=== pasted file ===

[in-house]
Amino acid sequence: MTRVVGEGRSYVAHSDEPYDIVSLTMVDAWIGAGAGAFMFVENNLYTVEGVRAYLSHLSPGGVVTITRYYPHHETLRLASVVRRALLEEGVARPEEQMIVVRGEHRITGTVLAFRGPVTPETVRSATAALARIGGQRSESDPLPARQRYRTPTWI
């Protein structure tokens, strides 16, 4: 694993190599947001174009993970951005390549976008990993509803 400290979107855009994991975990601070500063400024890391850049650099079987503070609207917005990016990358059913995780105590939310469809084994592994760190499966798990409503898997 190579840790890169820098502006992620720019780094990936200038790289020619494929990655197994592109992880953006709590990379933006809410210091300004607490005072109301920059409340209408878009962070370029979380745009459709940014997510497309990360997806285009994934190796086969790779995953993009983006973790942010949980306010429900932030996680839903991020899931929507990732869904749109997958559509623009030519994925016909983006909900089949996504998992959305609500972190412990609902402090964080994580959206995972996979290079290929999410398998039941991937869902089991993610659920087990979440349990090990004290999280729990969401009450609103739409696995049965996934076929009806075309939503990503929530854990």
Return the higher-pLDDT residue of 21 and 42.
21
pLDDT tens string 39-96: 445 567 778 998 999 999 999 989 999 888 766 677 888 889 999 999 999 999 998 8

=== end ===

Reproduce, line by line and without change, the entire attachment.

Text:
[in-house]
Amino acid sequence: MTRVVGEGRSYVAHSDEPYDIVSLTMVDAWIGAGAGAFMFVENNLYTVEGVRAYLSHLSPGGVVTITRYYPHHETLRLASVVRRALLEEGVARPEEQMIVVRGEHRITGTVLAFRGPVTPETVRSATAALARIGGQRSESDPLPARQRYRTPTWI
């Protein structure tokens, strides 16, 4: 694993190599947001174009993970951005390549976008990993509803 400290979107855009994991975990601070500063400024890391850049650099079987503070609207917005990016990358059913995780105590939310469809084994592994760190499966798990409503898997 190579840790890169820098502006992620720019780094990936200038790289020619494929990655197994592109992880953006709590990379933006809410210091300004607490005072109301920059409340209408878009962070370029979380745009459709940014997510497309990360997806285009994934190796086969790779995953993009983006973790942010949980306010429900932030996680839903991020899931929507990732869904749109997958559509623009030519994925016909983006909900089949996504998992959305609500972190412990609902402090964080994580959206995972996979290079290929999410398998039941991937869902089991993610659920087990979440349990090990004290999280729990969401009450609103739409696995049965996934076929009806075309939503990503929530854990």
Return the higher-pLDDT residue of 21 and 42.
21
pLDDT tens string 39-96: 445 567 778 998 999 999 999 989 999 888 766 677 888 889 999 999 999 999 998 8